The one way issue represents itself in a different light depending if we talk about historic cities that were laid out before cars and have narrow cart-ways or the wide streets of western cities like Denver or San Diego. The initial applications of the one way craze that swept across cities in the US and Europe starting as early as the thirties and carried on well into the 1960s and was eventually applied whether streets were tight or amply wide. Today one should approach the question in a much more comprehensive manner with criteria expanding far beyond traffic capacity and flow of motor vehicles and include at least the following:


  • Quality of life of residents along the streets in terms of noise, fumes, safety, access, parking, walking to and from the front door etc.
  • Safety, accommodation, convenience and pleasurable experience of active modes such as walking and biking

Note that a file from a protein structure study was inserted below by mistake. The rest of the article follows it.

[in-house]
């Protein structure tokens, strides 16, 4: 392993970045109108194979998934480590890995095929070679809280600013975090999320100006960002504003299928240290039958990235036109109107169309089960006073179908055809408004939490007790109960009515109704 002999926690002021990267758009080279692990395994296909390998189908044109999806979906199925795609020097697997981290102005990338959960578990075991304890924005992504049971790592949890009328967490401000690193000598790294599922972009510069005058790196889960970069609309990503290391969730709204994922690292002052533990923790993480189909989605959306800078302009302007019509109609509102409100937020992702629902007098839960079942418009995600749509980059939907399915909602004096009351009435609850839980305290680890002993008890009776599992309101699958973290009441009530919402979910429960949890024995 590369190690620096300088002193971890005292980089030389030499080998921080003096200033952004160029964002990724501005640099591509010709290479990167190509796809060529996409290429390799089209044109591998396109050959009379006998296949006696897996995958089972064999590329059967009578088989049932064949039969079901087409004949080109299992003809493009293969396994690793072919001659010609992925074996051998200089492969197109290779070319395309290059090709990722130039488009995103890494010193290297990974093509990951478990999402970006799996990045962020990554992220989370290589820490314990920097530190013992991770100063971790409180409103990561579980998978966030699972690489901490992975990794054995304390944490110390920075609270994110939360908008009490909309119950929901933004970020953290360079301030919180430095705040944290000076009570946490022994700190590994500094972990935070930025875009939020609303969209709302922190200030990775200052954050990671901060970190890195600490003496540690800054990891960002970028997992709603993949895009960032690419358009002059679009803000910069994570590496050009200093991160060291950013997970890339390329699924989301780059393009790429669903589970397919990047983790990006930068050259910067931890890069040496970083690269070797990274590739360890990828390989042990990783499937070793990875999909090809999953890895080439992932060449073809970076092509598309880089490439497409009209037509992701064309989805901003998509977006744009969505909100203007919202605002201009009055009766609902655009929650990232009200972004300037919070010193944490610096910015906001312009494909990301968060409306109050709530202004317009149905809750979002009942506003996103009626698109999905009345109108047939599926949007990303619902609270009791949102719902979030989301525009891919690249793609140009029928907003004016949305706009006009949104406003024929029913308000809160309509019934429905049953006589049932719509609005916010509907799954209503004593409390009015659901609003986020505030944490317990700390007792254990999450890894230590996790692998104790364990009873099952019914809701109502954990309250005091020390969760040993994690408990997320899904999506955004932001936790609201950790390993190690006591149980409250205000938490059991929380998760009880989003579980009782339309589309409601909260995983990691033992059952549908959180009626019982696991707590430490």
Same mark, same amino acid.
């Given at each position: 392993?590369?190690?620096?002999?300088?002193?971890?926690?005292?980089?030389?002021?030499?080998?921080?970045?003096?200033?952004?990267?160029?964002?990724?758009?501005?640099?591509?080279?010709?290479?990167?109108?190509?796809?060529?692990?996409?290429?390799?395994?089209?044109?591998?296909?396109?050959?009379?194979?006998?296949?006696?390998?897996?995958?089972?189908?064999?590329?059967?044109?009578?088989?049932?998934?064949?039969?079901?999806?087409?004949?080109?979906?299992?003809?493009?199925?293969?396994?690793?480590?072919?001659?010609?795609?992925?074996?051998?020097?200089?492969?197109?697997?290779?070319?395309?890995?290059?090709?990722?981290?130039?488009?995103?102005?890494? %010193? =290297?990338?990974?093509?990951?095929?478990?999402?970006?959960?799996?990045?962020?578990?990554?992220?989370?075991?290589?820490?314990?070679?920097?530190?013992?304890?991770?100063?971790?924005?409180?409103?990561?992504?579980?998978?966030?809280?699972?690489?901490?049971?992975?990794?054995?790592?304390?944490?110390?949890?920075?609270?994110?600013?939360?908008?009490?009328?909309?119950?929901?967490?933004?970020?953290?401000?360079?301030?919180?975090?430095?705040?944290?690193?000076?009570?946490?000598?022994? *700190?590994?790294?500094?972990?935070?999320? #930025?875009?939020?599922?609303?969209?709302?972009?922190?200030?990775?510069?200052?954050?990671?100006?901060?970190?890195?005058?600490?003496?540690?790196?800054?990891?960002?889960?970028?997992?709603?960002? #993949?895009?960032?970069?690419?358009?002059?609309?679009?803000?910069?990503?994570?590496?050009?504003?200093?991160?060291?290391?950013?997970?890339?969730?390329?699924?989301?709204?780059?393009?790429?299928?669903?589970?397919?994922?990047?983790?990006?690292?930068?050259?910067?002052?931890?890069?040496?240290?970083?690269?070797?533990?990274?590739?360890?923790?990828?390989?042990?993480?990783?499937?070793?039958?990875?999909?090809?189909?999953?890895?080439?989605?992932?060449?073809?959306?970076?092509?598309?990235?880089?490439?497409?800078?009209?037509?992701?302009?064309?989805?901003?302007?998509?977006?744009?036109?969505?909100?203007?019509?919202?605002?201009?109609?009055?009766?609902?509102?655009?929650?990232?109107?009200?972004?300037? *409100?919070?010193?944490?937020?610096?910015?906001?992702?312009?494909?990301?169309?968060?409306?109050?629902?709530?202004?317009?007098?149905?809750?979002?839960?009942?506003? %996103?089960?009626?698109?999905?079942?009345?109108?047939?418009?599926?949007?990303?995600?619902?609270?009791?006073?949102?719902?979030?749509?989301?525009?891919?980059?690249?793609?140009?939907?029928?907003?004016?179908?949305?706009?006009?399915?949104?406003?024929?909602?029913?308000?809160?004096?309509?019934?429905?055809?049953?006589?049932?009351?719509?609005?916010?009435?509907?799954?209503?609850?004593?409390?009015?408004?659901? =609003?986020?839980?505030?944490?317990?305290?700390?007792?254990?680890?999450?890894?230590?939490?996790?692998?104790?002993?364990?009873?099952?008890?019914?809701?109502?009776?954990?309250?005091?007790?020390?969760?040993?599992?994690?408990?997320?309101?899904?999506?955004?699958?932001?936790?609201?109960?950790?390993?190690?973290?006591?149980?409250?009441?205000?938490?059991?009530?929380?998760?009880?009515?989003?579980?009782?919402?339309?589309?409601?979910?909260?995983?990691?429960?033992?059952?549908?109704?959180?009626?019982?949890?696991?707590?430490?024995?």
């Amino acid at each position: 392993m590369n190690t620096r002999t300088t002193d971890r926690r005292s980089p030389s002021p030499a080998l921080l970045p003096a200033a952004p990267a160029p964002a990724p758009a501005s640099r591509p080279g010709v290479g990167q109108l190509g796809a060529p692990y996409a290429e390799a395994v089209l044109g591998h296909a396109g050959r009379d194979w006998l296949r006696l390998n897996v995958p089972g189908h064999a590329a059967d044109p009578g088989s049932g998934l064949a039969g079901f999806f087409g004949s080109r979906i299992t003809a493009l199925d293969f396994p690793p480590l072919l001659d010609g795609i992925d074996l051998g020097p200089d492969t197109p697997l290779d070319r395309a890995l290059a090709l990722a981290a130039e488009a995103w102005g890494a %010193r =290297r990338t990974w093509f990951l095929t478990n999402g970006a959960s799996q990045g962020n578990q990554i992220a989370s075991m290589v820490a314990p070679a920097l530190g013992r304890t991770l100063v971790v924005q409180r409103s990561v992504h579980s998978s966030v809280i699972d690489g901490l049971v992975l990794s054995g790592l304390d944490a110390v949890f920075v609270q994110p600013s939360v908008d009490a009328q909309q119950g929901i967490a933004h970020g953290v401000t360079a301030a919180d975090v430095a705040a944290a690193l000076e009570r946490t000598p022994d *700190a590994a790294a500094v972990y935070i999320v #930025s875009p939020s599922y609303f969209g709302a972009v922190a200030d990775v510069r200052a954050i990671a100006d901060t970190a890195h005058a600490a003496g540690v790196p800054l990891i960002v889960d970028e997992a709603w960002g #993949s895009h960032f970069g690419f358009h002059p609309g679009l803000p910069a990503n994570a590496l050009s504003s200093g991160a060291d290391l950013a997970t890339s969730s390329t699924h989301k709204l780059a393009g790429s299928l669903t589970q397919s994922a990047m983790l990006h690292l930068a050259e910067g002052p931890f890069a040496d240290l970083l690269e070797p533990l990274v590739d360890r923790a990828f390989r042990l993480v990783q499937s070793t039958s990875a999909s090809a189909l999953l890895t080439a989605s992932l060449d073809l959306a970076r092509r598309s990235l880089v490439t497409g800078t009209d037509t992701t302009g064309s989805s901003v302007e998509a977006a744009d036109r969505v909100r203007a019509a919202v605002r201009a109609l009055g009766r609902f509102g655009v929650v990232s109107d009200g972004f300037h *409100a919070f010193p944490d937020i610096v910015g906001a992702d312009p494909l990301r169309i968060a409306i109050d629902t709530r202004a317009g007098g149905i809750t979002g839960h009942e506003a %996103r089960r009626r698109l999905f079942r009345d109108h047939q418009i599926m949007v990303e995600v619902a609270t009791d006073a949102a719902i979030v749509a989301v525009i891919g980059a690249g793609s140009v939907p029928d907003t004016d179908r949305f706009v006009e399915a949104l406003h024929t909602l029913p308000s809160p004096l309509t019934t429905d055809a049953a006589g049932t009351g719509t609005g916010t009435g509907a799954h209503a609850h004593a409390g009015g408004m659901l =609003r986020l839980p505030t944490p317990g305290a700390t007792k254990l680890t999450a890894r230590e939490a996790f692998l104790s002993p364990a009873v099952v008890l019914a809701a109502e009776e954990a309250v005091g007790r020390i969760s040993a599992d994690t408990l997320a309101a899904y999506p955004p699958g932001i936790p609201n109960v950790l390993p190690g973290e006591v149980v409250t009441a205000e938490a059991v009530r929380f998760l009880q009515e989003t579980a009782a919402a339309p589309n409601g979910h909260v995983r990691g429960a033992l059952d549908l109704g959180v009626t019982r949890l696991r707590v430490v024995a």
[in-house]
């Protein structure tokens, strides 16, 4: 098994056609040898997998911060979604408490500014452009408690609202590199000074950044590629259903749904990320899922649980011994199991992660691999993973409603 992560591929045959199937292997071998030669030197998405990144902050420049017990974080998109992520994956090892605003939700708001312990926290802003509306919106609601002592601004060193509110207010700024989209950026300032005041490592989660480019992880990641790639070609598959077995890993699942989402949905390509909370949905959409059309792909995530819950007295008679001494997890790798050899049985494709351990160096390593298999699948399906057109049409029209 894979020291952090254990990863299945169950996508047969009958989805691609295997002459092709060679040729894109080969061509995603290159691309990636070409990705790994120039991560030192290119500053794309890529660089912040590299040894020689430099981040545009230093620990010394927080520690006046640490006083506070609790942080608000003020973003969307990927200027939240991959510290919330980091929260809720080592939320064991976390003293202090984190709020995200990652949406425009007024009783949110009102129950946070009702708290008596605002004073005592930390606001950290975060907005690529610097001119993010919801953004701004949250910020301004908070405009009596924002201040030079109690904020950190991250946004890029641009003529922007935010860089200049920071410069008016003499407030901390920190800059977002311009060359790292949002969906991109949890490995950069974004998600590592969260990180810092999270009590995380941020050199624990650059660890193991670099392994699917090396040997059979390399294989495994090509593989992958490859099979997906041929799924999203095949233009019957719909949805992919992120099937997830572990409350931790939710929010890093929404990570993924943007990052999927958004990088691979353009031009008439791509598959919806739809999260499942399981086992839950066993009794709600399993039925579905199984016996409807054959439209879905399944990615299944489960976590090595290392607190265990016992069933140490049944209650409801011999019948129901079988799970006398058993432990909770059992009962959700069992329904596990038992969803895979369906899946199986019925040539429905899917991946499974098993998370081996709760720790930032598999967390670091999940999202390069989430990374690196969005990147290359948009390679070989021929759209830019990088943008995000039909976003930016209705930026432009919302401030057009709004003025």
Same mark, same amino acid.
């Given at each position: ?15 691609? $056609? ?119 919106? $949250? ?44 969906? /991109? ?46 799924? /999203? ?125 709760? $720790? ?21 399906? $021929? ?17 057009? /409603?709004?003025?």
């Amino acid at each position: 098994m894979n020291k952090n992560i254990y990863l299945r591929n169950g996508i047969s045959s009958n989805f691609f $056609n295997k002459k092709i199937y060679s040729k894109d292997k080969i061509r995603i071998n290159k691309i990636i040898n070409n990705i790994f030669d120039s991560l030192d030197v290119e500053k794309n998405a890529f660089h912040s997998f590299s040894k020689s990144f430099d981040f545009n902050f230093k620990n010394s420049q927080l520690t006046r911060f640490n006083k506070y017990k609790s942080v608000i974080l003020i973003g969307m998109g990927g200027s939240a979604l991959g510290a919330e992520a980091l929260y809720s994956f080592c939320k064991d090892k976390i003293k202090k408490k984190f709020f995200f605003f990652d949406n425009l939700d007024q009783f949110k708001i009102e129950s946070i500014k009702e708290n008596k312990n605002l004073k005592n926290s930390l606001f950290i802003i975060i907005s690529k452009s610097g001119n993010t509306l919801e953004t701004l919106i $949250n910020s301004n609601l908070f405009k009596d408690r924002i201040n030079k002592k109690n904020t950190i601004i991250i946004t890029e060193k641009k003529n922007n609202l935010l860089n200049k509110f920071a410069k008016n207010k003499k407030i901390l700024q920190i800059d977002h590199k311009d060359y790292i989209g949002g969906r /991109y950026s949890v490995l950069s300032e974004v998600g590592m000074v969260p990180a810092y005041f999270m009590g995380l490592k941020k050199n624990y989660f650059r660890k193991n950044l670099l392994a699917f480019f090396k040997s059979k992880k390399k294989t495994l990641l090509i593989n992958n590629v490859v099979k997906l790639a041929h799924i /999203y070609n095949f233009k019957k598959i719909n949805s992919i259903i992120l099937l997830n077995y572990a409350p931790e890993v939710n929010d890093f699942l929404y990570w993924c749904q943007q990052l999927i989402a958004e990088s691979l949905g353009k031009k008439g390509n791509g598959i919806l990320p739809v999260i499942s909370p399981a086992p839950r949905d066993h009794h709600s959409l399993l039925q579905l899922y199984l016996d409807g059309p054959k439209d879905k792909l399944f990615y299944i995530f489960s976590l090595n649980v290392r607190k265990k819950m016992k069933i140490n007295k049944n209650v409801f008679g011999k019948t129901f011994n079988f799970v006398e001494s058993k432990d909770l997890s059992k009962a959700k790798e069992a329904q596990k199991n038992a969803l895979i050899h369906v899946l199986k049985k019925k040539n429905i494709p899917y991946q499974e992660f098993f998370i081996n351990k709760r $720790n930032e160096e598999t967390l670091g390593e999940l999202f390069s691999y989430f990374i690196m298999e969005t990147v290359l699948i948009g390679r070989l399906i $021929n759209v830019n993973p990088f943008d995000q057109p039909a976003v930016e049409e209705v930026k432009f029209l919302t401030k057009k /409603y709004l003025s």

• Accommodation and operation of transit, buses, streetcars, light rail including stops and stations
  • Environmental costs and benefits in terms of noise, pollution, encouragement of active modes versus driving, direct access versus detours
  • Urban design. In which way is the city and street better experienced? In which configuration does the street become a good public space or urban room?
    Conflict points at two- way intersection

Baltimore has plenty of those narrow historic streets that are just wide enough for two decent sidewalks (partly taken by the famous stoops), a parking lane on each side and two narrow at most 10' travel lanes. Interestingly the city is almost like a large scale test tube for both approaches in dealing with the narrow streets, one way streets and two way streets. North, south and west of downtown and in downtown itself, Henry Barnes, the Robert Moses of Baltimore, has laid out a full system of one way streets. By contrast, the citizens of Fells Point, east of downtown, who had successfully fought an urban expressway, miraculously escaped the craze and have a network of lovely narrow historic two way streets that would make Jane Jacobs smile. Similarly Pigtown (Washington Village) is pretty free of one way streets. Some other urban village areas have hybrids of a mix of one and two way streets in place, such as Hamden and Highlandtown, both with very successful "main street" type streets in two-way configuration.